Information technology in watershed management decision making

Ryan C. Miller, D. Phillip Guertin, Philip Heilman

Research output: Contribution to journalArticlepeer-review

33 Scopus citations


Watershed management decision making is a complex process. Cooperation and communication among federal, state, and local stakeholders is required while balancing biophysical and socioeconomic concerns. The public is taking part in environmental decisions, and the need for technology transfer from public agencies to stakeholders is increasing. Information technology has had a profound influence on watershed management over the past decade. Advances in data acquisition through remote sensing, data utilization through geographic information systems (GIS), and data sharing through the Internet have provided watershed managers access to more information for management decisions. In the future, applications incorporating hydrologic simulation models, GIS, and decision support systems will be deployed through the Internet. In addition to challenges in making complex modeling technology available to diverse audiences, new information technology issues, such as interoperability, Internet access, and security, are introduced when GIS, simulation models, and decision support systems are integrated in an Internet environment. This paper presents a review of current use of information technology in watershed management decision making and a discussion of issues created when developing Internet based, integrated watershed management decision support systems. A prototype spatial decision support system (SDSS) for rangeland watershed management was developed using web services, which are components that communicate using text based messages, thus eliminating proprietary protocols. This new framework provides an extensible, accessible, and interoperable approach for SDSS.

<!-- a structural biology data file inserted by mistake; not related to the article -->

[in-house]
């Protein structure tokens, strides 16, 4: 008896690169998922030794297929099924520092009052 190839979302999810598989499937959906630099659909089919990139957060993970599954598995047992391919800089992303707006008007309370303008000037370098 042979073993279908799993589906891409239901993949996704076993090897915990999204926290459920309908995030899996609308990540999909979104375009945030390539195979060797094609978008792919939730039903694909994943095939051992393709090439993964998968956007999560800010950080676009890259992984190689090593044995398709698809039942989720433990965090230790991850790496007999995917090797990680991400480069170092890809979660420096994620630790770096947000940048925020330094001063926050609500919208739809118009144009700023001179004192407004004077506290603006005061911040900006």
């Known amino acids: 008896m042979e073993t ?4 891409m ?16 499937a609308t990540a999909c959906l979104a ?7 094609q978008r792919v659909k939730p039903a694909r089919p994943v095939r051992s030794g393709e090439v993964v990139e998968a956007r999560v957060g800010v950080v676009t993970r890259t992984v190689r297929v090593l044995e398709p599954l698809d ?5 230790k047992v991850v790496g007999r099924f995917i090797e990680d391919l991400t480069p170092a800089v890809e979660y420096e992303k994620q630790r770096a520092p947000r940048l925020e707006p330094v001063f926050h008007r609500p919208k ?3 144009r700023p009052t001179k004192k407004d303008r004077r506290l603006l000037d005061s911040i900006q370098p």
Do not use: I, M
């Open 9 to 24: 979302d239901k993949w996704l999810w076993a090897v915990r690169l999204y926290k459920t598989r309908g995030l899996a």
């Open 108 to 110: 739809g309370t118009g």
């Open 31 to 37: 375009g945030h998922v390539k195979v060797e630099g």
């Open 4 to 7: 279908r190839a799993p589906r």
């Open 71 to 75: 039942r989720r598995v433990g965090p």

Original languageEnglish (US)
Pages (from-to)347-357
Number of pages11
JournalJournal of the American Water Resources Association
Issue number2
StatePublished - Apr 2004


  • Geographic information systems
  • Information technology
  • Internet
  • Watershed management

ASJC Scopus subject areas

  • Ecology
  • Water Science and Technology
  • Earth-Surface Processes


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